Aging in the Cartoon Business

It doesn’t seem that long ago when we walked into a large conference room filled with season cartoon veterans and a handful of studio executives. You can imagine how we felt. We were kids. Newbies to the animation business with only a few years under our belt. Now, here we were with these animation geezers who had seen more and done more in the past few years than we had in our entire, lackluster career. How do you pitch to a group like that? You’re totally intimidated the moment you walk in the door and you expect the old codgers to toss you out on your ear for wasting their valuable time. I honestly can’t remember all the pitches we made to these animation senior citizens back in the day. Yet, that’s the way it was. The animation industry was run by pudgy, bald old men, and they were probably the younger ones. There were also a handful that could boast working for Disney in the forties and “Termite Terrace” in the fifties. There weren’t a lot of young people in the cartoon business back then. Perhaps that was because the work could hardly be considered a career. Only goofy, naive kids like myself would aspire to such a wacky, pointless job.

Imagine how I feel today. Either I’ve entered BizarroWorld or life has taken a complete, unexpected flip-flop. When I enter a conference room filled with artists, managers and executives I feel like I’ve made an accidental turn into a daycare center. Dare I say the staffers are young? Let’s just say most are probably the age of my grandchildren. So, it’s intimidation all over again - except this time around the players have all switched places. Clearly, all the bright young people starring at me are talented, educated and filled with enthusiasm for the business. As I look out upon the sea of innocent, smiling young faces with their clear complexions and perfect teeth, I’m filled with a sense of dread. I’m no longer the green, stupid young kid with no experience under his belt hoping eagerly for approval. Now, I’m the old grandpa. The codger who worked in the business back when people drew on paper. As you can imagine, I’m waiting for the kids to grab my walker or my cane and kick my tired old ass out of the room.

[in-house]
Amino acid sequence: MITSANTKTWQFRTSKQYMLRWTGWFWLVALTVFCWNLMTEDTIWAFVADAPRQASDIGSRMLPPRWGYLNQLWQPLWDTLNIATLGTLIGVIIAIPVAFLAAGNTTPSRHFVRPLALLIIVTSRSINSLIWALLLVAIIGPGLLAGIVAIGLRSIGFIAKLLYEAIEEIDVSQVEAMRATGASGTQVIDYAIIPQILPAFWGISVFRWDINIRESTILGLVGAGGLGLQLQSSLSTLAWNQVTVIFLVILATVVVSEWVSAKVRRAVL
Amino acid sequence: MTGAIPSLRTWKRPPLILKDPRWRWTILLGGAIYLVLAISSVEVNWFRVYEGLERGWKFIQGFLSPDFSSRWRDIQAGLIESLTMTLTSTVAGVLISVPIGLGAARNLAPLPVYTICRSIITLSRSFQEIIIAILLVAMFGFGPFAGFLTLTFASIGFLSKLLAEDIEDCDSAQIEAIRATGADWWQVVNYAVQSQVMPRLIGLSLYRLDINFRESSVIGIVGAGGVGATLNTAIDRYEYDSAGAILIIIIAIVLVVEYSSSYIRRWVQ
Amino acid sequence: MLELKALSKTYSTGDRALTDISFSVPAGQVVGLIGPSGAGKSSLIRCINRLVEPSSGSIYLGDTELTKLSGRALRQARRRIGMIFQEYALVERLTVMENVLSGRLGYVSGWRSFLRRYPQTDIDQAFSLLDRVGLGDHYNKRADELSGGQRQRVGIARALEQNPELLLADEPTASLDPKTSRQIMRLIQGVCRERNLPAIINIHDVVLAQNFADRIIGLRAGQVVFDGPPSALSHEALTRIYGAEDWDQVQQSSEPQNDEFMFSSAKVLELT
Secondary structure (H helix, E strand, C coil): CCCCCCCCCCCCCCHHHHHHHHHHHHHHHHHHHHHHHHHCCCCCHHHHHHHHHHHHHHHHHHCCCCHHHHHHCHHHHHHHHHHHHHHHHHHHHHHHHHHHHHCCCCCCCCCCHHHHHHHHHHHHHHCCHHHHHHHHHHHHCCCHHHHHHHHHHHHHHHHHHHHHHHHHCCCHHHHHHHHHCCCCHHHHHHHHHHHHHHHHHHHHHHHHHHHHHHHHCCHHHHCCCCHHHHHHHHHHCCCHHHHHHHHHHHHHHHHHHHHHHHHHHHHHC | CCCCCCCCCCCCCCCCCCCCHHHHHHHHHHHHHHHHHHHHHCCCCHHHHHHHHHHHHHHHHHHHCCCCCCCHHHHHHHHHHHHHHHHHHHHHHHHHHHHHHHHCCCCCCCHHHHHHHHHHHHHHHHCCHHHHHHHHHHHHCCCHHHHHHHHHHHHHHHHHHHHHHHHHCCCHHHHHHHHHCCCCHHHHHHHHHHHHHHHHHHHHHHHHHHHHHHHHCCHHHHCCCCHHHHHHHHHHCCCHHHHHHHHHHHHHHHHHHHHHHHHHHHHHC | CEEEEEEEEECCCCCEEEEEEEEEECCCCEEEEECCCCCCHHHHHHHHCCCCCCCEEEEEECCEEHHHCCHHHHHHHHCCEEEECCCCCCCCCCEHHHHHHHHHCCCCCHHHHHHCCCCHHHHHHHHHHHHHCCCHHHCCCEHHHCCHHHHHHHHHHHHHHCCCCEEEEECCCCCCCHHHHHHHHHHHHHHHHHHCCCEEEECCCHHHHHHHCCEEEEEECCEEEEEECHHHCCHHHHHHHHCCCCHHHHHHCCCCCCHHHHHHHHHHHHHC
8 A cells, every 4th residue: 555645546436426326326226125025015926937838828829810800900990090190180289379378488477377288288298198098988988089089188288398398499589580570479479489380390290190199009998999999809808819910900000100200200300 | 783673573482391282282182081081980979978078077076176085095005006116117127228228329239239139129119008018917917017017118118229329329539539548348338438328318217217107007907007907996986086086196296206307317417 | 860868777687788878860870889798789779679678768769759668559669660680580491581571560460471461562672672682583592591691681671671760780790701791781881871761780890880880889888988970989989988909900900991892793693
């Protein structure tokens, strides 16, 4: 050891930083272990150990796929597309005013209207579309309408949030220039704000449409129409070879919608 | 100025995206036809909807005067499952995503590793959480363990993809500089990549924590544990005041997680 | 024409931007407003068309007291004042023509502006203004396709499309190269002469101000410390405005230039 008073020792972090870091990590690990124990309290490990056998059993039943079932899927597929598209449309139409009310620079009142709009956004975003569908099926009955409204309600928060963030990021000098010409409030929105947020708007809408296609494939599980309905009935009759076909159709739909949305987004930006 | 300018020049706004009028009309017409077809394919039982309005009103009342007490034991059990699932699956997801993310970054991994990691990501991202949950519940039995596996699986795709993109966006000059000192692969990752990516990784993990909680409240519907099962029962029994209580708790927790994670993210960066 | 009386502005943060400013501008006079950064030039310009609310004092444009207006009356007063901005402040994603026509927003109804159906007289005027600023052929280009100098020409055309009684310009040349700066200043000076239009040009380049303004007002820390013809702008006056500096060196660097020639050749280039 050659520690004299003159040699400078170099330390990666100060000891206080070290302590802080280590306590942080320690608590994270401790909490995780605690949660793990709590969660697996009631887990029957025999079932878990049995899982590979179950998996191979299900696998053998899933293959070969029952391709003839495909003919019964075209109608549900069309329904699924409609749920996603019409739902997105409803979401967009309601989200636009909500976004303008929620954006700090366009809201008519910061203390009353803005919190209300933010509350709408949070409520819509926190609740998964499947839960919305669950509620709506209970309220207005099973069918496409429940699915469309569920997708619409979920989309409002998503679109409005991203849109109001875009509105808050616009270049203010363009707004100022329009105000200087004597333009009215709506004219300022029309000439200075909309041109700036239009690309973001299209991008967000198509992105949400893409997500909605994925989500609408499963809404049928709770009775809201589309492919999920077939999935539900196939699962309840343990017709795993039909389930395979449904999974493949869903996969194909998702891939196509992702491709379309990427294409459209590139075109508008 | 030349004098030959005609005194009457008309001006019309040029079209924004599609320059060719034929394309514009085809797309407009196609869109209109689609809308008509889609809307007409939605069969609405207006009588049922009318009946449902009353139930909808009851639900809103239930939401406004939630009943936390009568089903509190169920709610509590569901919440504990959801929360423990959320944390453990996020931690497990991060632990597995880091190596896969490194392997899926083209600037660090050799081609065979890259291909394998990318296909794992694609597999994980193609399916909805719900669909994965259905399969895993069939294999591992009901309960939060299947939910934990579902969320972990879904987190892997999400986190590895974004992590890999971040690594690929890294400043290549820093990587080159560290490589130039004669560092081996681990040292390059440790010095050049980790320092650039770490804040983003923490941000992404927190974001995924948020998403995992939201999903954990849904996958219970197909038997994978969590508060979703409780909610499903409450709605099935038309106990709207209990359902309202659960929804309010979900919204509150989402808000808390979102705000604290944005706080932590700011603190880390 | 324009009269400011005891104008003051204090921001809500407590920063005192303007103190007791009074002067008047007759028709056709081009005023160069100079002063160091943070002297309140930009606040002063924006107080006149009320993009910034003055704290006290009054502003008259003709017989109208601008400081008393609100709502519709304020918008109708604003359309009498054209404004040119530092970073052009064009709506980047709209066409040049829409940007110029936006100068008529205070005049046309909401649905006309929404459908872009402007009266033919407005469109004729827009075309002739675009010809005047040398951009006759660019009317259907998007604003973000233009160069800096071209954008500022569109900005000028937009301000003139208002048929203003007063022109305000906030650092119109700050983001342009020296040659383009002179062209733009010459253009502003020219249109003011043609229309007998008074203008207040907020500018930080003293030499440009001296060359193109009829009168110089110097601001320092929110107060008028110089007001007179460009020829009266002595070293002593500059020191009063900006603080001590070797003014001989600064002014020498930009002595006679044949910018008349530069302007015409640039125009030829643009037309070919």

It would appear I’ve been the wrong age all my life. It’s not a total downer, however. Back in the sixties I managed to work with a bunch of “old men.” Actually, I believe there were nine. Fast forward to the nineties where I worked with a bunch of kids at a new studio called, Pixar. So, on occasion I did manage to fit right in. It’s all very amusing, of course. That’s the way life is. Whatever goes around eventually comes back again. Only, not quite the way expected. It’s the wacky circle of life, and I’m the one running in circles. I’ve made a decision never to pitch again. My ideas were initially too brash, controversal and irreverent. Now, my ideas are not brash, controversal and irreverent enough. I failed to impress the codgers back in the old days and I can’t seem to wow the kids today. Please don’t get me wrong. This is not a rant and it’s hardly a complaint. Simply an observation as I walk down the hallway of a studio where the senior management appear to be high school seniors.

Enough meetings like these and you realize how old you've suddenly become.

Enough meetings like these and you realize how old you've suddenly become.